During the years I have read several articles in which the authors stated that point-and-click adventure games are still particularly popular in Germany: there are several software companies that develop adventure games and an interesting percentage of people buy this kind of games.
From the external perspective of someone who doesn’t know German society, I have always assumed that this was true, because those articles that I read or those interviews that I watched made statements that were in part based on the quantity of adventure games sold in the German market.
As you can understand, my respect for them is quite high: people in the gaming industry talk about Germany as a paradise for adventure games and adventure gamers.
So, I have a few questions for all the German friends who are here in the TWP forums:
Is it true? Are adventure games more popular in Germany than in other countries? (as a percentage of sold games)
If yes, why did it happen especially in Germany?
If yes, does it happen in other countries around the world?
If no, why did this rumor spread?
Can @RonGilbert disclose how well TWP sold in Germany, of course avoiding precise figures?
Yet, it seems that the Italian community is pretty active in the forum.
Anyway, I don’t know what makes Germans love so much adventure games, but also my game has been mostly downloaded in Germany (except for the obvious US, which dominates everywhere except ) and it seems they’re aware of that, since a couple of people wrote me saying “you know, you should translate to German since Germany is quite a big market for adventure games”.
Maybe it also has to do with the fact that Germans have a way better understanding of the English language than Italians do. A small, indie, obscure adventure game that doesn’t get translated will have no chances in Italy - Italians don’t usually like to play games or watch movies if they don’t have everything translated, even subtitles can be annoying.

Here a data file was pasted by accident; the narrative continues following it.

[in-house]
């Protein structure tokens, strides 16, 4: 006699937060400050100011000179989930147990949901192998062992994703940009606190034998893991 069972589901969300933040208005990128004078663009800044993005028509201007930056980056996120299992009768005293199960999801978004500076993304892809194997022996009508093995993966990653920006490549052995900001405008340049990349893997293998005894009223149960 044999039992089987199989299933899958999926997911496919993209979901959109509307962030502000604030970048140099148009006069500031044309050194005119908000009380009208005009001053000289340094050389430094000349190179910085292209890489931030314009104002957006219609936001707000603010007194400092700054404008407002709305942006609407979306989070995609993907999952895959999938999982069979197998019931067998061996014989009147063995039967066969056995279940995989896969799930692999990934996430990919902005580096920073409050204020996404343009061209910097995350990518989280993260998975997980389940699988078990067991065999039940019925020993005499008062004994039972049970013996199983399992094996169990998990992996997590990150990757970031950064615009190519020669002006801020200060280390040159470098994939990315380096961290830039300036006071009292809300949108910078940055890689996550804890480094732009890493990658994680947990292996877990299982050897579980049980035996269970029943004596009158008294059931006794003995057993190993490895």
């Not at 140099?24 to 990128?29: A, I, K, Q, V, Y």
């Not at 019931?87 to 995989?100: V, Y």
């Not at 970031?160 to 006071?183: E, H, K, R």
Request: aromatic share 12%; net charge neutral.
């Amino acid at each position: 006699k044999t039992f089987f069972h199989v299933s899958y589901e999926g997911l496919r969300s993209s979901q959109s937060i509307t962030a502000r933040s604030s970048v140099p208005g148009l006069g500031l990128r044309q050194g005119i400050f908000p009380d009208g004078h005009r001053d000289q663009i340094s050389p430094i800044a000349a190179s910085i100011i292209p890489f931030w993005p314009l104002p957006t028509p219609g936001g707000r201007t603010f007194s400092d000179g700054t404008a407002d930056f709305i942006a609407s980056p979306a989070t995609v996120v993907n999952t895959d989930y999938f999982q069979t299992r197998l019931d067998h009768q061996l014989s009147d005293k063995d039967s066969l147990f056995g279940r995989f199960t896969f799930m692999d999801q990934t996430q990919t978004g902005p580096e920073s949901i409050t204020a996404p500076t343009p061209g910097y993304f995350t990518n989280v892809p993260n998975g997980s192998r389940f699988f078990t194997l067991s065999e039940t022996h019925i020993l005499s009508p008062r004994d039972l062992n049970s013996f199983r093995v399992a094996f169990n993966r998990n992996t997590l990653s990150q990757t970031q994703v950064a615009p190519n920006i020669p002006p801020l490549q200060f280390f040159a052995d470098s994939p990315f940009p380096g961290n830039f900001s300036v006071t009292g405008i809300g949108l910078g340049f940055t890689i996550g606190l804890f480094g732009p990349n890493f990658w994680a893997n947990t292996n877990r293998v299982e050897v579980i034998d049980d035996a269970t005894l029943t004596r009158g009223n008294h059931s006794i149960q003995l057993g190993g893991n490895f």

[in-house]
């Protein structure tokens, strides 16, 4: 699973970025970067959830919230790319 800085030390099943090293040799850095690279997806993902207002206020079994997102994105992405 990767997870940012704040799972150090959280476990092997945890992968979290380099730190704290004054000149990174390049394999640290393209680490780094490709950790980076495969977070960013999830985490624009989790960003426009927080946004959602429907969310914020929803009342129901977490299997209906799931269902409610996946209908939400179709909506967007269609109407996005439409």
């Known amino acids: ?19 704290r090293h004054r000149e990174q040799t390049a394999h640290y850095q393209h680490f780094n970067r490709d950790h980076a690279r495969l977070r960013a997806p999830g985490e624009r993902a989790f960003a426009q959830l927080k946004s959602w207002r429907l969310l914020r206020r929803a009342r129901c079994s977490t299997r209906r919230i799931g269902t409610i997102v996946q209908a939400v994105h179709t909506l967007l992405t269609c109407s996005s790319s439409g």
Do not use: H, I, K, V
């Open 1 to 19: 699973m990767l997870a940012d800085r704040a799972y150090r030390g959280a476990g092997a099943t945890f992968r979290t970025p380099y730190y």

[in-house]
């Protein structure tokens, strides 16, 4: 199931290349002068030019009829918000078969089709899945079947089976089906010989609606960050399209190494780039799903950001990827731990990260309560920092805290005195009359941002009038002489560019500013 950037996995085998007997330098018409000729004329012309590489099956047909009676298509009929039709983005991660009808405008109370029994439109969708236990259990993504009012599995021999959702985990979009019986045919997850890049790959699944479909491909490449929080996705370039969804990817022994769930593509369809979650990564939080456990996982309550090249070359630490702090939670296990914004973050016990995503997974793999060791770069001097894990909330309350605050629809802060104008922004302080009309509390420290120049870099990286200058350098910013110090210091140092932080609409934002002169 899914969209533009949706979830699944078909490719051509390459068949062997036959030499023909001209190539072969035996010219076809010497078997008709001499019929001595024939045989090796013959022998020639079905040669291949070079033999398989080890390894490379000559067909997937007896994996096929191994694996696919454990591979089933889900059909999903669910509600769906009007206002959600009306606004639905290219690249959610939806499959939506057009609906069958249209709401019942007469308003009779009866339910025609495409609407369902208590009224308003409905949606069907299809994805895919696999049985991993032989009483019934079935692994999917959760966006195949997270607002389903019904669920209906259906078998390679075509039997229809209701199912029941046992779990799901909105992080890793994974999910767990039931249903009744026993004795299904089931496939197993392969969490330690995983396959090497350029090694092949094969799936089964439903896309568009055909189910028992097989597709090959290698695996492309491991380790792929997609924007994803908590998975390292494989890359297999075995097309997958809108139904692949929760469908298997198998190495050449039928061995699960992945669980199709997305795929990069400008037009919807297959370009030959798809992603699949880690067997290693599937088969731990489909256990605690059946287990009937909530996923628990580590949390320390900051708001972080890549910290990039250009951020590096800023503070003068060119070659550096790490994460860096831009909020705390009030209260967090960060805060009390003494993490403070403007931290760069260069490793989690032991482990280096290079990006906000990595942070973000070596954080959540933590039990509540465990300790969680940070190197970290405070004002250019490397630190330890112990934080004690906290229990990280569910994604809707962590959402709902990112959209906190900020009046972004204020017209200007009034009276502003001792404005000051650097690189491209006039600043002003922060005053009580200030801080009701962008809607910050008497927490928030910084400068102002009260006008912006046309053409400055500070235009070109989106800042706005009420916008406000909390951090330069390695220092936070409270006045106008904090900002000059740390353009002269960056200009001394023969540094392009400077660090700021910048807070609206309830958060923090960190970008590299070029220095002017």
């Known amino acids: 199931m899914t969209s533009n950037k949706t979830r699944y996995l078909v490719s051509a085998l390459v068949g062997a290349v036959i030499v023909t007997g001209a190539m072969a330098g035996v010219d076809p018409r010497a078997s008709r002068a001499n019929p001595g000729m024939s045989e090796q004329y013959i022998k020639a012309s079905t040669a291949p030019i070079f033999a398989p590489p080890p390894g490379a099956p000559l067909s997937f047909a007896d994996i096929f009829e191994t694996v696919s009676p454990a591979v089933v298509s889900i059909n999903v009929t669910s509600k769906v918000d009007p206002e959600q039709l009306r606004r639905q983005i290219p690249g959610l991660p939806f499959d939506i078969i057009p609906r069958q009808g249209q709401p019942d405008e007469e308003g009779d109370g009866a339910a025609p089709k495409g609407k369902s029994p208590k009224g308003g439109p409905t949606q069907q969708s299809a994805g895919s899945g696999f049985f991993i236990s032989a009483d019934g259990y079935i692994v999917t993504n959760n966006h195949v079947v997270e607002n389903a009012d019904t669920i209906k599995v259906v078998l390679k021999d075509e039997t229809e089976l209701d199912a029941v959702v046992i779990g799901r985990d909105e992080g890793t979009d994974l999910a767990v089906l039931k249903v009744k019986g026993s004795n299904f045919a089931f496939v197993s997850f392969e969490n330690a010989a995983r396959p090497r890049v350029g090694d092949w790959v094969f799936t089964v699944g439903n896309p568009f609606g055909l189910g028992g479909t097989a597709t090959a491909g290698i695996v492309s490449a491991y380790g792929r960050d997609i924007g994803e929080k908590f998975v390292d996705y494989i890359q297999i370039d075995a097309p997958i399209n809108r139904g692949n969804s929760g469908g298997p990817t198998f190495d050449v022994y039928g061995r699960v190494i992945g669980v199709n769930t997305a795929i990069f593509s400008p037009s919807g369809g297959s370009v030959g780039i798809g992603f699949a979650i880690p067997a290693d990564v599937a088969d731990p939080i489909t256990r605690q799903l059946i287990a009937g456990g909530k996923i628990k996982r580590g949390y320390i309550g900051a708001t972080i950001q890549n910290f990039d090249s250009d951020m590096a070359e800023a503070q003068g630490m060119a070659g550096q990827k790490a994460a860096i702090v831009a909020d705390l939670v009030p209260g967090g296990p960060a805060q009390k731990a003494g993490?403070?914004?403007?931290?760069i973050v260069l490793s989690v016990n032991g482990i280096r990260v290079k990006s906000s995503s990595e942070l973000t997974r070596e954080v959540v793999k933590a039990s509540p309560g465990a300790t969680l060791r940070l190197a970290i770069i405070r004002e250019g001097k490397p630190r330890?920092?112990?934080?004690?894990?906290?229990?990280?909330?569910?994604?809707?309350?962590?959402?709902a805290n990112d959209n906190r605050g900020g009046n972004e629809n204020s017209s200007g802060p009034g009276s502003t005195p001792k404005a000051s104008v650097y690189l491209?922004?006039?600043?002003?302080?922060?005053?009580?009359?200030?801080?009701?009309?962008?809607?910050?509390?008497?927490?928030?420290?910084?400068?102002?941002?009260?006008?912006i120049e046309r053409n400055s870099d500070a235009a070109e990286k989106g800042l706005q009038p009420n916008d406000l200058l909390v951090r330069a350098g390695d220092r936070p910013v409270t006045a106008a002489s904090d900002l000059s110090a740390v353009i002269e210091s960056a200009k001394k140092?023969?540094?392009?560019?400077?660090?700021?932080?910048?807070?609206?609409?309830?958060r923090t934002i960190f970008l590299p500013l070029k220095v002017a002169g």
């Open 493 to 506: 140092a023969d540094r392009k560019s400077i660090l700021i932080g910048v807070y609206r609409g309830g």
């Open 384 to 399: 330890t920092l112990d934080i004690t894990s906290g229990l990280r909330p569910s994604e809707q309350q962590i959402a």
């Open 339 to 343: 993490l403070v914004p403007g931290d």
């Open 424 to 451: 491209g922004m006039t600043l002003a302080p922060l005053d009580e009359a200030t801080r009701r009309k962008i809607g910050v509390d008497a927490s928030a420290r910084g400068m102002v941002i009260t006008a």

Oh well, to be honest, “Il commissario Montalbano” (police chief Montalbano) is a high quality tv serie. The writing (and a help in the screenwriting, since he worked for several years for the national broadcasting service) is by Andrea Camilleri, the author of the original detective story books.
AFAIK, it is pretty much loved in the UK, and in some other european countries.
Returning to the topic, I think that germans have a strong rational and analytical approach to things, that could be very well practiced with this type of games. Also they are very well trained in english language since the early school cycle, so they can enjoy them even if they are not translated.
I don’t think the secret of economy is in an overall rational approach. It is in rational choices. We once had currencies that matched our behaviours: Italian Lira in Italy, Deutsche Mark in Germany.
Italian economy was very good in eighties and nineties, less or equal german economy. Italian exportations were superiors to germans. With a currency of our own, we could match our cost of living, and export to lower prices than competitors with strong currencies. Beside that, none of the goals of the new currency was achieved for we italians, it’s a total disaster and a rock on our economy.
Since we pay everything doubled while salaries are still the same of pre-euro times, that leaded to a great movement of money and redistribution of wealth (pauperization) from the middle class to that 1% of the population that owns the financial power. All the countries in E.U. that waited for adopting the currency, and they are many, no longer want to do it, it will be a gift to financial power.
Don’t get me wrong, I love Europe, but Euro is just a currency. The whole structure could continue to work without it. Never Europe was so troubled since the end of the second world war than after the adoption of that currency.
Germans won this awful economic battle when they decided to adopt a strong currency, which matched perfectly their previous cost of living. But who won really were 1% of population.
UK was scared also by all that, and decided to leave, even if they have a freedom in European Union that we member states couldn’t even imagin.
I couldn’t really point to where these rumours originated, nor to any numbers that would prove them right or wrong. My gut feeling is that there might indeed by more adventure game fans per capita than elsewhere, but few times two is still not much ;-). That it is to say, compared to other genres, adventure games are as niche in Germany as elsewhere. It’s just a slightly larger niche. I think it’s no coincidence that Daedalic, who traditionally were a pure P&C adventure company are expanding into other territories, as there is no more growth to be had in that niche.
Also, from a pure personal perspective, I could not say that my fondness for P&C adventures is primarily a result of being exposed to German culture. I’d rather attribute that to my age and gaming history. Nowadays I really like story-based games that I can play at my own, leisurely pace. So adventures and tactical RPGs are the two genres I find still enjoyable.